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Perfect crime

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Title: Perfect crime  
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Subject: Vicinage Clause, Perfect crime (disambiguation), Murder of Marta Russo, Leopold and Loeb, El Aura
Collection: Crimes, Criminology
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Perfect crime

Perfect crime is a colloquial term used in law and fiction (especially crime fiction) to characterize crimes that are undetected, unattributed to a perpetrator, or else unsolved as a kind of technical achievement on the part of the perpetrator. In certain contexts, the concept of perfect crime is limited to just undetected crimes; if an event is ever identified as a crime, some investigators say it cannot be called "perfect".[1]

A perfect crime should be distinguished from one that has merely not been solved yet or where everyday chance or procedural matters frustrate a conviction. There is an element that the crime is (or appears likely to be) unable to be solved.

Contents

  • Overview 1
  • Varying definitions 2
  • Real-life examples 3
  • See also 4
  • References 5
  • Further reading 6
  • External links 7

Overview

As used by some criminologists and others who study criminal investigations (including mystery writers), a perfect crime goes unsolved not because of incompetence in the investigation, but because of the cleverness and skill of the criminal.[2] In other words, the defining factor is the primary causative influence of the criminal's ability to avoid investigation and reprisal, and not so much the ability of the investigating authority to perform its duties.

Would-be perfect crimes are a popular subject in crime fiction and movies. They include Rope, Double Indemnity, Strangers on a Train, The Postman Always Rings Twice, Witness for the Prosecution, and Dial M for Murder.

Varying definitions

A murder committed by somebody who had never before met the victim, has no criminal record, steals nothing, and tells no one might be a perfect crime. According to criminologists and scientists, this casual definition of perfect crime exists. Another possibility is that a crime might be committed in an area of high public traffic, where DNA from a wide variety of people is present, making the sifting of evidence akin to 'finding a needle in a haystack'.[3]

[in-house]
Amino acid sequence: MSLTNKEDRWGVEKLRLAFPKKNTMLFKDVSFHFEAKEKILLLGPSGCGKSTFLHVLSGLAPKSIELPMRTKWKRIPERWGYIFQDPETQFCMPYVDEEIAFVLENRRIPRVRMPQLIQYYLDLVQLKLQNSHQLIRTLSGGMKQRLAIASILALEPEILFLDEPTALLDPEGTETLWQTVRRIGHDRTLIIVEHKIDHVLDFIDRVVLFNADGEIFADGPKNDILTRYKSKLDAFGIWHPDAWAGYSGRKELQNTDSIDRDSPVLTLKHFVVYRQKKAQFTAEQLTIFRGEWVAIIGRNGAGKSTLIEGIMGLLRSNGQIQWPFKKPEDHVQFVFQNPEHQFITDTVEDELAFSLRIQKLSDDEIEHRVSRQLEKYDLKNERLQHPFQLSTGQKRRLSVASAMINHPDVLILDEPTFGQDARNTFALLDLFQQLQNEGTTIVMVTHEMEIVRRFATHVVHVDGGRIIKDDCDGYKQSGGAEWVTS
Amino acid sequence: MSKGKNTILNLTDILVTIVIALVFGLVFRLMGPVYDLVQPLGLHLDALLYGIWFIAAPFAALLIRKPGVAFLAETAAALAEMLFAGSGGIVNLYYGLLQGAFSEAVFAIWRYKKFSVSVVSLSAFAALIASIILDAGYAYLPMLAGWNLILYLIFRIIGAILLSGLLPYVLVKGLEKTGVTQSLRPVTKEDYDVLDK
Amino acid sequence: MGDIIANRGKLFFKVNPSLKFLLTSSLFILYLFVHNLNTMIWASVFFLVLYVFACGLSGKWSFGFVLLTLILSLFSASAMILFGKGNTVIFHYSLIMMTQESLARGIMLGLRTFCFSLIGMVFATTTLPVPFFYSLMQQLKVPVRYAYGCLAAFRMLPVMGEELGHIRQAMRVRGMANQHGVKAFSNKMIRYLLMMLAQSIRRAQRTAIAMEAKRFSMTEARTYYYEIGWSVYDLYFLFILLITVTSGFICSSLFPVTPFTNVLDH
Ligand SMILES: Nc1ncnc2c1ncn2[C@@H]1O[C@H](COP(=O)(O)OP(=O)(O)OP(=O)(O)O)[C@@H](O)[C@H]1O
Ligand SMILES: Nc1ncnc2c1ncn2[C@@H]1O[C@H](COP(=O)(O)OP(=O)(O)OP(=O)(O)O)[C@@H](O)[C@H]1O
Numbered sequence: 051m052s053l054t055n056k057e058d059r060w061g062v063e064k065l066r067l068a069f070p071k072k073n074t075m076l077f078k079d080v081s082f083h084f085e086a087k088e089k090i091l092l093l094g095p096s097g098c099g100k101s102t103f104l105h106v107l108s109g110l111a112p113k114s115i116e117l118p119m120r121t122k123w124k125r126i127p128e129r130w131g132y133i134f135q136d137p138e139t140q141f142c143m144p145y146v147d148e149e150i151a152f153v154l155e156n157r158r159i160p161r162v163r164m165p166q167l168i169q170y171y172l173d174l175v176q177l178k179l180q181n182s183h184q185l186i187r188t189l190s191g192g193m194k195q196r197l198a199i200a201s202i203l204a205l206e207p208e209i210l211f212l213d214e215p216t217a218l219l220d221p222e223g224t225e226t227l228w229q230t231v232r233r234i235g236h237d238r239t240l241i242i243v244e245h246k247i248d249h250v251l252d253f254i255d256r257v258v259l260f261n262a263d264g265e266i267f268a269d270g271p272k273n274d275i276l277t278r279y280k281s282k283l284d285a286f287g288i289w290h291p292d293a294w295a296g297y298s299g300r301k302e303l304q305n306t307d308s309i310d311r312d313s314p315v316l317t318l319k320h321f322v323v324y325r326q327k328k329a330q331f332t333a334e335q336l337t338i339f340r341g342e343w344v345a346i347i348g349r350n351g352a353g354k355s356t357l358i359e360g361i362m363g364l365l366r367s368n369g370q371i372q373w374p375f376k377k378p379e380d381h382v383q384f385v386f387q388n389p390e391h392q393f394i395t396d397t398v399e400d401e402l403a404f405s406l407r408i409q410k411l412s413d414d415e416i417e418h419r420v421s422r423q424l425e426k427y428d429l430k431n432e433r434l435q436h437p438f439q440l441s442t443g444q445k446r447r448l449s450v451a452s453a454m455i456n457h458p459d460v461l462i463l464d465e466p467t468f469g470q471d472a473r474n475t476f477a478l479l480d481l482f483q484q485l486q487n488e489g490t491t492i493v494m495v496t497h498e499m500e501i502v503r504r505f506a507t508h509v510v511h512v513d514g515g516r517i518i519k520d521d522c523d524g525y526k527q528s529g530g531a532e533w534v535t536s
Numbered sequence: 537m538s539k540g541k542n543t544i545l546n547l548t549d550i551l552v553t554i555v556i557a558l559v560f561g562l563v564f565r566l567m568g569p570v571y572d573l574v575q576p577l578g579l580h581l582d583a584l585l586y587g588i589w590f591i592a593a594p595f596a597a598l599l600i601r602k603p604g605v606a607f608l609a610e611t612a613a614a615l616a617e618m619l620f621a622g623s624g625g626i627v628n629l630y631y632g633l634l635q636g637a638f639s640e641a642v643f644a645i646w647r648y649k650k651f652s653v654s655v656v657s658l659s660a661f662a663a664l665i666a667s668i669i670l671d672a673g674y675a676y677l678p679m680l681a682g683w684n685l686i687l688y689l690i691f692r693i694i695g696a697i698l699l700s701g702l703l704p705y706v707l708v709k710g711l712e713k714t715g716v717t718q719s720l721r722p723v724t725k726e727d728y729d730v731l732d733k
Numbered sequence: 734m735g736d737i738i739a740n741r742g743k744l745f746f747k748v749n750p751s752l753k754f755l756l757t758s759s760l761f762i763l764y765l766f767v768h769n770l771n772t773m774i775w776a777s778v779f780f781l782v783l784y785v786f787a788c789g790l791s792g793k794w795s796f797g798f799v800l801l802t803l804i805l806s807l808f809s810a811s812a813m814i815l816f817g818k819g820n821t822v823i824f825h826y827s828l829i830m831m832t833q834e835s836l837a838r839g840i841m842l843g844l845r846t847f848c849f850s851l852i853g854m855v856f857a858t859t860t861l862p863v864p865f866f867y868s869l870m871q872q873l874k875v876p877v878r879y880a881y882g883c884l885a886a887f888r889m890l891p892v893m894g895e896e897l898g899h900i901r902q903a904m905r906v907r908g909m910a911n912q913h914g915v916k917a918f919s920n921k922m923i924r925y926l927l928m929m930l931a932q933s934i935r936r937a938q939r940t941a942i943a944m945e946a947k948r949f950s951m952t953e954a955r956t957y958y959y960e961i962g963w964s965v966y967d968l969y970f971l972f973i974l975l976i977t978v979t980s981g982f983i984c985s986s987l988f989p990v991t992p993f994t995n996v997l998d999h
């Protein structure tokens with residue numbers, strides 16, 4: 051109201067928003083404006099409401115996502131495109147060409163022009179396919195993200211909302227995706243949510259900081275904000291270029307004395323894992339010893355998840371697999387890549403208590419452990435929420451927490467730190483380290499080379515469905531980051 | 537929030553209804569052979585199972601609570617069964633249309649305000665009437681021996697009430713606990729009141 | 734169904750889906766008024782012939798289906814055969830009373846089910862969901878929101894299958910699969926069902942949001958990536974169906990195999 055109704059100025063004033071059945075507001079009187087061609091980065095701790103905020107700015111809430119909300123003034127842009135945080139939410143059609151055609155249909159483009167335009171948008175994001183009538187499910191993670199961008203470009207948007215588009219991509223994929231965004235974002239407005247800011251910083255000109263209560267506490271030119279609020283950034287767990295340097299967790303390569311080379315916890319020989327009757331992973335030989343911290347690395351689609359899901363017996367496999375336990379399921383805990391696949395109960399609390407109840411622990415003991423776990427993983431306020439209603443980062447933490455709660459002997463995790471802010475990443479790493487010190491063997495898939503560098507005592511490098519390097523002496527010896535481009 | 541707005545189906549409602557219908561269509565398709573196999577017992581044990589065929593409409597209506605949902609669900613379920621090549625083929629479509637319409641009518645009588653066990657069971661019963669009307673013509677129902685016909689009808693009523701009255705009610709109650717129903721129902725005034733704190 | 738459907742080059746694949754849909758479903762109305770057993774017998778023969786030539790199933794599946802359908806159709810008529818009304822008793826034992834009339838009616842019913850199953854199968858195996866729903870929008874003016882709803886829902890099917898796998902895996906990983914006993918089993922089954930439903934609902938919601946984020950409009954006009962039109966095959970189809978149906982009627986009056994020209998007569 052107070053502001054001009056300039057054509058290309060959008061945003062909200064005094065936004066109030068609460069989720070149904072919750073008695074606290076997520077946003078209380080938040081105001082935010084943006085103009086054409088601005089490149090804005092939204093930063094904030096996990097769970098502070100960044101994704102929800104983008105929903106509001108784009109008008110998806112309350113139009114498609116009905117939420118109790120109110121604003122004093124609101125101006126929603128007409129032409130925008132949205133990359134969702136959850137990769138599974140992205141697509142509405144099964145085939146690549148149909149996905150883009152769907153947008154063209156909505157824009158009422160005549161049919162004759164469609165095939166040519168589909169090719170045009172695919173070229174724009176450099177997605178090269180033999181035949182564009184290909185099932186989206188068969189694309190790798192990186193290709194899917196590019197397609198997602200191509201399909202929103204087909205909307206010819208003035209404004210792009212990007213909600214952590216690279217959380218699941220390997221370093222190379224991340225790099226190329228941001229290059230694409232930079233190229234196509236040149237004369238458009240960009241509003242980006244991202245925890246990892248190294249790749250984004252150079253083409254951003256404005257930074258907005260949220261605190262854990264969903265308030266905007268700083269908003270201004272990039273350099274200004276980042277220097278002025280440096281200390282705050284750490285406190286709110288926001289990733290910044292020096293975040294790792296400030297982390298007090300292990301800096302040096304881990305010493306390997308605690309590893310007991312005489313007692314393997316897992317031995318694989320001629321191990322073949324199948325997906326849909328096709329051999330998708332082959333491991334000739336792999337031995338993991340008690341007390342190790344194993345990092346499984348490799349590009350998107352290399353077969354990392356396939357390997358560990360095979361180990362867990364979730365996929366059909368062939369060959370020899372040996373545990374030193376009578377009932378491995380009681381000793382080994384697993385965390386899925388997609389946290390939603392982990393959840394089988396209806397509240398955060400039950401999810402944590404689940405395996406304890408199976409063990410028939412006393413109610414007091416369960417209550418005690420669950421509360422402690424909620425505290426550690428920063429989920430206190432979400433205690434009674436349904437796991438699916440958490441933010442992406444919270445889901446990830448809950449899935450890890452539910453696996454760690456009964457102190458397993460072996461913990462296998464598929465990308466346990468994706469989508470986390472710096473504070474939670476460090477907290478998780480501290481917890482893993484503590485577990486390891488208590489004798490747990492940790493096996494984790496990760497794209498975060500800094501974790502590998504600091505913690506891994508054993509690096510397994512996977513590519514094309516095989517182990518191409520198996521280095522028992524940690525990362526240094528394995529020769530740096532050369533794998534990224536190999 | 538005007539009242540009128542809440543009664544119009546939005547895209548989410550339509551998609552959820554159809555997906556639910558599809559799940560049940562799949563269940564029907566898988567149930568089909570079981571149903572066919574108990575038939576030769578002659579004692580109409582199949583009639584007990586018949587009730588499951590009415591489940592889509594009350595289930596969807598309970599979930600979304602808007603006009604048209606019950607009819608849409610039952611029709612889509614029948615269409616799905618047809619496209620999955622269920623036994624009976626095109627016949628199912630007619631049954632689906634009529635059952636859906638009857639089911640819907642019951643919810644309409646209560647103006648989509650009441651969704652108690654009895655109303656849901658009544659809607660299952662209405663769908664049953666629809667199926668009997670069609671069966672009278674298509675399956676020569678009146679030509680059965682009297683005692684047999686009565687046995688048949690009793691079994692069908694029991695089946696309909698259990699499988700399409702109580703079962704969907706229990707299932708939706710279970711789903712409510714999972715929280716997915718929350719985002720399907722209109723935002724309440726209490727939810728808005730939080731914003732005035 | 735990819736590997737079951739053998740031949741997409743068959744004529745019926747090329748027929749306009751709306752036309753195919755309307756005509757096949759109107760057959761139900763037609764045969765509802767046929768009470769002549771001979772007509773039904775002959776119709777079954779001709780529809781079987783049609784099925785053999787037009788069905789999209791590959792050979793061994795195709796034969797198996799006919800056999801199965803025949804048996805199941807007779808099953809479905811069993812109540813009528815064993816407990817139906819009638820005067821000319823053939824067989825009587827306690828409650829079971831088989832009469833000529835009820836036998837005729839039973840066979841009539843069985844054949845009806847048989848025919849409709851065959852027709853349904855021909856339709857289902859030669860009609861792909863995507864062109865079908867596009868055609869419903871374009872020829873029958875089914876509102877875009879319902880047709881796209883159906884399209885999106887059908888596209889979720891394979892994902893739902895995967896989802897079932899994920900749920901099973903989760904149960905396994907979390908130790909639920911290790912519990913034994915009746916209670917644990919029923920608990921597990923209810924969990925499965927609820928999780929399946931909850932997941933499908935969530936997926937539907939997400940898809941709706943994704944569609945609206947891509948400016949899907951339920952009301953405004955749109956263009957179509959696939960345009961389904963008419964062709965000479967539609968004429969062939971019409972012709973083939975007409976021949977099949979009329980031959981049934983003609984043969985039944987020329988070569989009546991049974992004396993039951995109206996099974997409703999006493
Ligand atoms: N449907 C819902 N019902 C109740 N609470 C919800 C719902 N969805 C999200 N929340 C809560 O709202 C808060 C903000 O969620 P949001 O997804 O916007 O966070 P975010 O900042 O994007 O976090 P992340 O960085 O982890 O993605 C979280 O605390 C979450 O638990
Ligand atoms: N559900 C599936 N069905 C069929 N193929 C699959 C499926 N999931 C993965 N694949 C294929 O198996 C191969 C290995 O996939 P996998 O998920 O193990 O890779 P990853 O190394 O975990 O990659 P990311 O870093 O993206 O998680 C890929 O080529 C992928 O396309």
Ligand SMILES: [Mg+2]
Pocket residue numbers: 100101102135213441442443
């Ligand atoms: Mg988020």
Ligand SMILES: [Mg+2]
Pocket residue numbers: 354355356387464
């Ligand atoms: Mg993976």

An intentional killing in which the death is never identified as murder is an example of one of the more rigorous definitions of perfect crime.[1] Other criminologists narrow the range to only those crimes that are not detected at all.[4] By definition, it can never be known if such perfect crimes exist.[4][5] Many "close calls" have been observed, however—enough to make investigators aware of the possibility of a perfect crime.[4]

Real-life examples

In March 2009, a jewel theft was described as being close to a perfect crime, in that despite having DNA evidence the police were unable to bring the case to court since the DNA belonged to one of a pair of identical twins, and faced with denials by both, it could not be proven which of the two was the criminal.[6]

See also

References

  1. ^ a b Timmermans, Stefan. Postmortem: how medical examiners explain suspicious deaths, University of Chicago Press, 2006, p. 157. ISBN 0-226-80398-8
  2. ^ Francis, Charles (page 162; 2005; ISBN 1-884995-46-2). Murder By The Bay: Historic Homicide in and about the City of San Francisco. Quill Driver Books. Retrieved 2007-10-28. 
  3. ^ "How to commit the perfect murder". Horizon. Season 2007. 2007-05-08. 
  4. ^ a b c Vedder, Clyde Bennett. Criminology: a book of readings, Holt, Rinehart and Winston, 1953, p. 44. "Detectives have said that they have never seen a perfect crime. This is because the only perfect crimes are those in which no one even suspects..."
  5. ^ The Journal of criminal law, criminology and police science, p. 141, 1962. Northwestern University School of Law, American Society of Criminology, Illinois Academy of Criminology, International Association of Arson Investigators, National District Attorneys Association, National Association of County and Prosecuting Attorneys, Society for the Advancement of Criminology, JSTOR, National Association of Defense Lawyers in Criminal Cases.
  6. ^ Himmelreich, Claudia (March 23, 2009). "Despite DNA Evidence, Twins Charged in Heist Go Free". Time. Retrieved 2009-05-04. 

Further reading

  • Postmortem: How Medical Examiners Explain Suspicious Deaths by Timmermans, Stefan. 380 pages, University of Chicago press; ISBN 978-0-226-80398-2.
  • The Perfect Crime and How To Commit It by Jekel, Dr. Pamela L. Jekel; Publisher: Paladin Press Boulder, CO 1982; ISBN 0-87364-237-6.
  • Practical Crime Scene Processing and Investigation by Ross M. Gardner; 2004 CRC Press, ISBN 0-8493-2043-7.

External links

  • BBC - Horizon - "How to commit the perfect murder"
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